Sunday, July 29, 2012
He doesn't do penance high in the frozen landscape of the Himalayas nor does he wear scant clothing and live the life of an ascetic. He is not the cool guru (Kul Guru) of the Pandavas and Kauravas who shaped their destiny nor does he bear the stigma of unfairness to Karna and Eklavya. On the contrary he has a degree in aviation engineering from a renowned Indian technical university and weighs a little over 80 kilos and uses his i phone only to call his mom (for those of you people who are clueless- ‘i ‘ is mother in Marathi). He was in the team who developed the first predator drones. Although his real name is Sid Acharya, his colleagues call him Drone Acharya.
Some say he was part of the brain drain from India but he insists that he came to the US for making his country proud and as a natural byproduct of that noble work, earn in dollars and buy real estate in rupees back home. Moreover he valued his individual freedom and this was a land that guaranteed it. When he was headhunted, he was told that the flying machines they were building were for the sole purpose of unmanned reconnaissance. He gladly took the offer believing that his work is going to prevent wars. Later as the war on terror expanded, he got the orders to see the possibility of attaching some kind of payload for targets. By that time he was already famous as Drone Acharya among his colleagues and he took as a matter of respect to look into such possibility. When the initial trials were successful, his friends in Pentagon and White house appreciated him for the work he had done to save countless American lives. The drones were killing terrorists without having to risk the lives of fellow Americans in combat.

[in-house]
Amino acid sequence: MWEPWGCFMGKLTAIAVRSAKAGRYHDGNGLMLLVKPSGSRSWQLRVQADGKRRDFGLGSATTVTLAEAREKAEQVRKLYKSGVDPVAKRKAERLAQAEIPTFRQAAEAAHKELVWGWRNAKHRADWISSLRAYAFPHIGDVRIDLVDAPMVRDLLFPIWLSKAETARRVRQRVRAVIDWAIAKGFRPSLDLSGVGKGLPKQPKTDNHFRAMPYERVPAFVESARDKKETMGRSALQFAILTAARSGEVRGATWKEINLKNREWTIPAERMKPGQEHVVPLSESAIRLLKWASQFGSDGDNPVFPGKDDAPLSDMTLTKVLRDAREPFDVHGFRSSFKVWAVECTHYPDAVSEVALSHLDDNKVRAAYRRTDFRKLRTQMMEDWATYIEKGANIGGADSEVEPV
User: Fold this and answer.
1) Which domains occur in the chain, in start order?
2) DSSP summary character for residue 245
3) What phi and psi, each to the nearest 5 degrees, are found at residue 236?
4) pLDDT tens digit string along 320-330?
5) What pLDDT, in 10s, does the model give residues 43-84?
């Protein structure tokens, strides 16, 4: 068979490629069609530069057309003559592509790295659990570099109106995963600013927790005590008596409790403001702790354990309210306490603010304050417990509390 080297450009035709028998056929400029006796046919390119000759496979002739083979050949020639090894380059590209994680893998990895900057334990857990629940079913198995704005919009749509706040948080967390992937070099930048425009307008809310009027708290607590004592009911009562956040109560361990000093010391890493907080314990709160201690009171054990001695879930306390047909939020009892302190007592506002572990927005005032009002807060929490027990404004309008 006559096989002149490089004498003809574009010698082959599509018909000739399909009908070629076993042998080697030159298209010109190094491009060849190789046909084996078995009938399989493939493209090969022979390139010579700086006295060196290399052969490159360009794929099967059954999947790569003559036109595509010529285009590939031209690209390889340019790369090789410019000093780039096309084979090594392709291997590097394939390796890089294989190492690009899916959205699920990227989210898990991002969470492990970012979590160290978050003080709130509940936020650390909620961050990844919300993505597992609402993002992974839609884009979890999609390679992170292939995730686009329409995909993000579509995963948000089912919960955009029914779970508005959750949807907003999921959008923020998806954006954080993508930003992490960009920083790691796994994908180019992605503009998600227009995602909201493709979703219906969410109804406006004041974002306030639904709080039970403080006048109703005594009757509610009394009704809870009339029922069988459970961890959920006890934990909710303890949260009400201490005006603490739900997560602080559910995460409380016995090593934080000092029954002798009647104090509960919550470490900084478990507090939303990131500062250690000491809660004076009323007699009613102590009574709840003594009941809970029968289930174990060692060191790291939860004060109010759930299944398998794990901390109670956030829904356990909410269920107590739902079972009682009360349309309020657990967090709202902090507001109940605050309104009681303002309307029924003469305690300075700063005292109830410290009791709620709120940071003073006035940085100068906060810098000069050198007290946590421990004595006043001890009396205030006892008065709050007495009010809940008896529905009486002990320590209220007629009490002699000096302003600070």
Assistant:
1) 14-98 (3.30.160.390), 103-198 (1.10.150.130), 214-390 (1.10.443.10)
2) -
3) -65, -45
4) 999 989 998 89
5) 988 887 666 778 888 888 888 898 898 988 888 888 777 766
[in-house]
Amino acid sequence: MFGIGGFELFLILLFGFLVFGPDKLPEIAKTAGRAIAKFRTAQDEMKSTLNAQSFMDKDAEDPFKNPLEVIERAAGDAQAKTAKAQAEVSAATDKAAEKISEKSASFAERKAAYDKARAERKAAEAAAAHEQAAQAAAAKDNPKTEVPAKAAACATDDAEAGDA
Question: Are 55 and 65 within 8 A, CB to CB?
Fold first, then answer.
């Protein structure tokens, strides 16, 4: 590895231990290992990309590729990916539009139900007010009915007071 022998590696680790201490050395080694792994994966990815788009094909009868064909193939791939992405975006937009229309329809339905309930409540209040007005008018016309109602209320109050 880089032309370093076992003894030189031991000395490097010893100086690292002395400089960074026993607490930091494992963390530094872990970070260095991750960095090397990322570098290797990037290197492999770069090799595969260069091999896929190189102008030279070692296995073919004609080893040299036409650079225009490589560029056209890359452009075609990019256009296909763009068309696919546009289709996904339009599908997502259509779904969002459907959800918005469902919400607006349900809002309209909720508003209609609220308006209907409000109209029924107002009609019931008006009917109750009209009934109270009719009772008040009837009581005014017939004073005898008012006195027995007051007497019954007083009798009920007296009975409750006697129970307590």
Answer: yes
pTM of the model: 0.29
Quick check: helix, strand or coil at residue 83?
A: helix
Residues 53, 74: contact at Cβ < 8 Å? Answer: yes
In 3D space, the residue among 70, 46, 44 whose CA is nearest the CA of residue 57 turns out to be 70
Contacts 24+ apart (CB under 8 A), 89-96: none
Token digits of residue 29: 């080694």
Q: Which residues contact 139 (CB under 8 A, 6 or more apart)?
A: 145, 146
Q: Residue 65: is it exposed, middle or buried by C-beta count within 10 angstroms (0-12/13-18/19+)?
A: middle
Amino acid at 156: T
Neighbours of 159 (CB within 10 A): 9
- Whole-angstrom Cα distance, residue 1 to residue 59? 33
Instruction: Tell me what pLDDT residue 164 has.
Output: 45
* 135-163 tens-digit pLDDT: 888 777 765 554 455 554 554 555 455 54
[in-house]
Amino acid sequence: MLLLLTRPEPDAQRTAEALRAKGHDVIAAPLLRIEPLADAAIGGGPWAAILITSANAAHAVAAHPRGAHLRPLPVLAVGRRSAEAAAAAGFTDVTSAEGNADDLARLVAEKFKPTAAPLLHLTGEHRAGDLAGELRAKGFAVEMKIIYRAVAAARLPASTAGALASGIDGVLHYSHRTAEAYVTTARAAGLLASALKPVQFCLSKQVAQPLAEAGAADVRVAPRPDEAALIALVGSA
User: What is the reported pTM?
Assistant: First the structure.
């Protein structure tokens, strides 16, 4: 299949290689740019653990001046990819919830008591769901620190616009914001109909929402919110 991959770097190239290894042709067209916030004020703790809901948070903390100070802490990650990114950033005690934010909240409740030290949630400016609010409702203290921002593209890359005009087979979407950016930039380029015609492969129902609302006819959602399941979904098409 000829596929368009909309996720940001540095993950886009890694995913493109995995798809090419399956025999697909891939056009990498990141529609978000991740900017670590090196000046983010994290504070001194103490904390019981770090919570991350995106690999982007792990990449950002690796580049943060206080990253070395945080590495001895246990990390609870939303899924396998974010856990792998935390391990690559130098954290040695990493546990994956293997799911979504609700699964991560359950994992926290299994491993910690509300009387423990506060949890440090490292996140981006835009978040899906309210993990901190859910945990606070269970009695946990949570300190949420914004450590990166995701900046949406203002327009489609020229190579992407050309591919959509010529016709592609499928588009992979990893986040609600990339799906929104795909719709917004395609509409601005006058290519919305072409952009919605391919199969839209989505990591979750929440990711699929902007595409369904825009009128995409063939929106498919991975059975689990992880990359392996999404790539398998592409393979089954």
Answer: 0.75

Later when the new President assumed office, the number of missions per year also increased. Some douche bag journalist published a report of civilian casualties in drone attacks. Droneacharya was concerned but his mentors quickly provided an antidote for this sudden rise in conscience. It was a word called collateral. It was a beautiful word that had the ability to absolve anyone of anything. Those civilians-men, women, children were collateral for the war on terror. Droneacharya and his team had no personal animosity with them and slowly the drones would be upgraded for precise attacks. These dead civilians provided vital test data that would help in precisioning of this weapon system. Sometimes he thought he owed a lot to these dead people. They died an unsuspecting and impersonal death. One moment you are doing your daily chore, the next moment you are struck by a missile without any warning. All because your next door neighbor had featured up in somebody's most wanted list. It was like the wrath of the biblical God striking the immoral in Sodom and Gomorrah. Sometimes he would get nightmarish dreams. He would see dead people-their limbs splattered and blood spewing out of their exit wounds. Probably this was because of too much CNN. He would then turn online to Facebook for seeking a way out of this melancholy. Once he went to a nearby Dunkin Donuts and met his old friend Ankur. He discussed about his condition and his desire to move to some other project or go back to India to his family and start some new business there. Next day when he reached office he was surprised to see a bottle of champagne and a letter from the director of his department stating that he was a valuable resource and that they cared about him. They would also increase his paycheck.
He was moved by this warm gesture and had already started feeding numbers to the currency converter software to measure his increase in wealth. However something felt amiss. This expediency of his department in understanding his expectations was unnerving. It took him few hours of grueling interdepartmental phone calls and accessing some restricted documents to unearth the information that drones were now also being used for doing civilian surveillance for homeland security. This was a being beta tested by another unit of his department. He went to the nearby window and looked up at the sky, as if he can see one flying by.